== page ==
Rhetoric or reality? What nurse practitioners do in providing self-management support in outpatient clinics
an ethnographic study
Journal of Clinical Nursing , Volume 25 - Issue 21-22 p. 3219- 3228
Aims and objectives To describe how nurse practitioners enact their role in outpatient consultations, and how this compares to their perception of their responsibility for patients with chronic conditions.
Background Nurse practitioners working with patients with chronic conditions seek to support them in self-managing their diseases.
Design An ethnographic study.
Methods Episodic participant observations (in total 48 hours) were carried out combined with formal interviews. The study population consisted of a purposive sample of nurse practitioners working in five outpatient clinics related to chronic care in one university medical centre in the Netherlands. Two different types of clinics were selected, namely (1) for patients with episodic flare-ups and (2) for patients with diseases requiring life-saving procedures.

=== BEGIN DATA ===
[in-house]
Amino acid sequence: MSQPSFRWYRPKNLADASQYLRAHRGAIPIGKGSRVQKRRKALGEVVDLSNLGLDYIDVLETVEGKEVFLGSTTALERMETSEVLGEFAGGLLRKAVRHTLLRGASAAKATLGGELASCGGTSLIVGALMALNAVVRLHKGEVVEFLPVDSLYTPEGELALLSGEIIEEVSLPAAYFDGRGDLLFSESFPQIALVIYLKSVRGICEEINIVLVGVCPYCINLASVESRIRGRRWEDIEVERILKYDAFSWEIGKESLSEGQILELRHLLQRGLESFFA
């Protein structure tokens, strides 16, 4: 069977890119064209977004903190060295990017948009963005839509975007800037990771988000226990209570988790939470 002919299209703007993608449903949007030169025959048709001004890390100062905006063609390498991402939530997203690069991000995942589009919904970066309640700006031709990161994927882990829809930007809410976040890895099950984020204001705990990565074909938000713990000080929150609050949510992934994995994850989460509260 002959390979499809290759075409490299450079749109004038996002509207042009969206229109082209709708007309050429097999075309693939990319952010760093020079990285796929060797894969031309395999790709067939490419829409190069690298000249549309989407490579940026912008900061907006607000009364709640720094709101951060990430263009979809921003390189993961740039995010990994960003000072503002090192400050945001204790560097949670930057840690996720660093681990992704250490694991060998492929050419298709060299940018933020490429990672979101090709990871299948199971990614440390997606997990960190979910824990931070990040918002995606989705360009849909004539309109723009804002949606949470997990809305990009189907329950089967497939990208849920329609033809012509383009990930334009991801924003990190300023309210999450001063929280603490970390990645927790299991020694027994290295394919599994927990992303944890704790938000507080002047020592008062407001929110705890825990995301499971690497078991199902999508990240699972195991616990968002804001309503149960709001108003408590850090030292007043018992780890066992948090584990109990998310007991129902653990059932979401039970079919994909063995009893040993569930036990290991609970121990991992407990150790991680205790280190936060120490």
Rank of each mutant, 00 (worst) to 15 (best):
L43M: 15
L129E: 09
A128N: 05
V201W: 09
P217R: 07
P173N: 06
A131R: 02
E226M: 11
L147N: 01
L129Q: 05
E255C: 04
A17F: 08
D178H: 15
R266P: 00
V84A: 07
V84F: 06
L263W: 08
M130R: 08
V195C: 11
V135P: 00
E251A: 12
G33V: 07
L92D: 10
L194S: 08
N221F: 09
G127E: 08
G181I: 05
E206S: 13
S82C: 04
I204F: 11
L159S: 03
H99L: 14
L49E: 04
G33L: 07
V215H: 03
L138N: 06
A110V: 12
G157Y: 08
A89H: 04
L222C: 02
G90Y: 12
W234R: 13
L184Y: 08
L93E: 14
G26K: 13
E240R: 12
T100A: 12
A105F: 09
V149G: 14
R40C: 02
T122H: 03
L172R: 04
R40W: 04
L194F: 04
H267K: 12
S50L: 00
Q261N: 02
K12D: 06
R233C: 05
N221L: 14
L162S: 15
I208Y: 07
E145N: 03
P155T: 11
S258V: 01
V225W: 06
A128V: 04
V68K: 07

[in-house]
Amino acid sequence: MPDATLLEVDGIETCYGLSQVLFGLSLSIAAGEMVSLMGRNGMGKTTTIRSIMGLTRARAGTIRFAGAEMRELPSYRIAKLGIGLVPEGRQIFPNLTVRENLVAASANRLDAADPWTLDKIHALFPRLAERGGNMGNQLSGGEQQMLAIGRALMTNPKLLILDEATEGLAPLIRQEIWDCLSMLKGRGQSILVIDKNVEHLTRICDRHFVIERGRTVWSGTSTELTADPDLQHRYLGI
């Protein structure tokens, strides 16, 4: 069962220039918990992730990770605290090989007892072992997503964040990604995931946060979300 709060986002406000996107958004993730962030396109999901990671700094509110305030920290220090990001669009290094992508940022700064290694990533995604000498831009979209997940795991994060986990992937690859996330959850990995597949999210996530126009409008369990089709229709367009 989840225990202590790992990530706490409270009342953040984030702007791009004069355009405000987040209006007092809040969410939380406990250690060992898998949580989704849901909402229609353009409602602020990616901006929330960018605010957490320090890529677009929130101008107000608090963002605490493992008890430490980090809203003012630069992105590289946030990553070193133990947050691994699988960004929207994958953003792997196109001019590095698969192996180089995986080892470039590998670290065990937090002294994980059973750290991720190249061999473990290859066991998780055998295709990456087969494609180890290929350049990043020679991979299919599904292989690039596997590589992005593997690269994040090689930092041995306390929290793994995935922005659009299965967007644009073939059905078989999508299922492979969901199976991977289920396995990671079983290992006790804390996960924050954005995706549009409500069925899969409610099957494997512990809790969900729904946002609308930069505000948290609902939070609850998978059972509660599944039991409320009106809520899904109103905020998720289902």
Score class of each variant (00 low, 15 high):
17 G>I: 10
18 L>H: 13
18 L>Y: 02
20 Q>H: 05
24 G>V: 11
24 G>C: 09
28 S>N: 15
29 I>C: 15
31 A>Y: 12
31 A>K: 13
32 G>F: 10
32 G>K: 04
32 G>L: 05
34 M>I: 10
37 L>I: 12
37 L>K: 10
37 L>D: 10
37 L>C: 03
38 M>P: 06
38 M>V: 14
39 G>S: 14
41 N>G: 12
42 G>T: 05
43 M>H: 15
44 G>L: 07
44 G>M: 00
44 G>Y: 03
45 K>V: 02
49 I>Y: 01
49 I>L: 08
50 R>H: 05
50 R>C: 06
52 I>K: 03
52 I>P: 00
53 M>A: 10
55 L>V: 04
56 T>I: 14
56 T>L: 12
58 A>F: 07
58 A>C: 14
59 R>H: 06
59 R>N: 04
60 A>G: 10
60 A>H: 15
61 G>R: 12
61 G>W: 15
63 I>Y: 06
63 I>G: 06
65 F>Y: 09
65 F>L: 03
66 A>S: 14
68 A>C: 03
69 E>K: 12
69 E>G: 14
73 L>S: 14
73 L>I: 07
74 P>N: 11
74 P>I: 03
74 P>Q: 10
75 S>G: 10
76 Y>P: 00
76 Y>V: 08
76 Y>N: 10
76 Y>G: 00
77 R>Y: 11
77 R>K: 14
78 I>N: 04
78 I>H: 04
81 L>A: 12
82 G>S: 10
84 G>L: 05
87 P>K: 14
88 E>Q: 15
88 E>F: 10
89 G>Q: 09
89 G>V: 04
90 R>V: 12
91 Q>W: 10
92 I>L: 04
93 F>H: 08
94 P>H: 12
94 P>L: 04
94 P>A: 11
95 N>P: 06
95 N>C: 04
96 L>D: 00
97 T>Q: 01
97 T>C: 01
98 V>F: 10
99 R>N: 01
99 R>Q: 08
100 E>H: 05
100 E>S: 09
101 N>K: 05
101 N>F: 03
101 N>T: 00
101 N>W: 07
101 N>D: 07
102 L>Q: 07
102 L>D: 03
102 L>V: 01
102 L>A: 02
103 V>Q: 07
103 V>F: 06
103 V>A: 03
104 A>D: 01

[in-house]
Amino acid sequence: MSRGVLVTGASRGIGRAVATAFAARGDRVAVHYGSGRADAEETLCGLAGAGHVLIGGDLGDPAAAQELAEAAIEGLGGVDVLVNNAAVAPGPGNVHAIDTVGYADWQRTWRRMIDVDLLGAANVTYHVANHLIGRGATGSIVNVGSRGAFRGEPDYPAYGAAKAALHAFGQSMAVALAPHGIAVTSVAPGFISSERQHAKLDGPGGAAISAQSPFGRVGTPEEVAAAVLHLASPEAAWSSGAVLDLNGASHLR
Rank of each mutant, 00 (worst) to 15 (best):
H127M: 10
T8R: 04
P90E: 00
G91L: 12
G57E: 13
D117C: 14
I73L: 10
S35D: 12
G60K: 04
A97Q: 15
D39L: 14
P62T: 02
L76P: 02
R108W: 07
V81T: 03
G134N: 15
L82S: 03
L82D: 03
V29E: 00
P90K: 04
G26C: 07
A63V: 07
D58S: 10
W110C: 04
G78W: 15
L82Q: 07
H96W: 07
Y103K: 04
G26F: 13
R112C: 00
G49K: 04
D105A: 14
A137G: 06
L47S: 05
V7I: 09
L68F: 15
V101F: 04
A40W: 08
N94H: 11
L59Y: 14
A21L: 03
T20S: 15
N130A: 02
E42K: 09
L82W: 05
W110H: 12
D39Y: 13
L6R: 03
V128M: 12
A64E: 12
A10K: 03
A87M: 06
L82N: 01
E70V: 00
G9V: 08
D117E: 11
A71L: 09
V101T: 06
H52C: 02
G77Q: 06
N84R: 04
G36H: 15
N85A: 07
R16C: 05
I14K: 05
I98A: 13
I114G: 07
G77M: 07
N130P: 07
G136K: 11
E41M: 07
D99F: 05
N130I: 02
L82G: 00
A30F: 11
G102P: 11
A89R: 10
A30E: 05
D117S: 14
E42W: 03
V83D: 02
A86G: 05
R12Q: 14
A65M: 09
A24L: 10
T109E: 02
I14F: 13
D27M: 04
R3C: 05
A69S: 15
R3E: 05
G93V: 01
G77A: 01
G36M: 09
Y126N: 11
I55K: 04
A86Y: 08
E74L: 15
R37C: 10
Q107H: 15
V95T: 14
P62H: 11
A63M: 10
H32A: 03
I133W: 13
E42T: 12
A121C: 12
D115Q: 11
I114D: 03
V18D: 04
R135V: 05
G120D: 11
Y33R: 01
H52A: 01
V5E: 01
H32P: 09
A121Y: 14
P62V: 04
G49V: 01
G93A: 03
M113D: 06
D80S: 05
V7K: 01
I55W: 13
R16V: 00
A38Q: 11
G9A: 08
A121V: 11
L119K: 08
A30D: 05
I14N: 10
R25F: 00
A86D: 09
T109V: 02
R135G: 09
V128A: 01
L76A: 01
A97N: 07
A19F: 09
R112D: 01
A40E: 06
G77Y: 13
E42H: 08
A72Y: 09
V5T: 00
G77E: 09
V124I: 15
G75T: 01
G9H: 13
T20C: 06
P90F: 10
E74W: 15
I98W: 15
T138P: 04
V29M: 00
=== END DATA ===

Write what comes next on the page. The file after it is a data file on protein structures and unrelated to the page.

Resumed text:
Results The nurse practitioners perceived the monitoring of patients’ treatment as their main professional responsibility. Four monitoring strategies could be distinguished: ‘assessing health conditions’, ‘connecting with patients’, ‘prioritising treatment in daily living’ and ‘educating patients’.
Conclusion While nurse practitioners considered building a relationship with their patients of utmost importance, their consultations were mostly based on a conventional medical model of medical history taking. Little attention was paid to the social, psychological and behavioural dimensions of illness. Nurse practitioners in this study seemed quite successful in their extension into medical territory, but moving patients’ illness perceptions to the background was not conducive to self-management support.
Relevance to clinical practice By their medical subspecialty expertise, nurse practitioners have a major role in the longitudinal process of the management of chronic diseases’ treatment. Supporting patients to reduce the impact of the disease and its complications requires nurse practitioners to develop new coaching strategies designed to meet patients’ individual needs.
|, , , ,
|Journal of Clinical Nursing
ter Maten-Speksnijder, A., Dwarswaard, J., Meurs, P., & van Staa, A. (2016). Rhetoric or reality? What nurse practitioners do in providing self-management support in outpatient clinics. Journal of Clinical Nursing, 25(21-22), 3219–3228. doi:10.1111/jocn.13345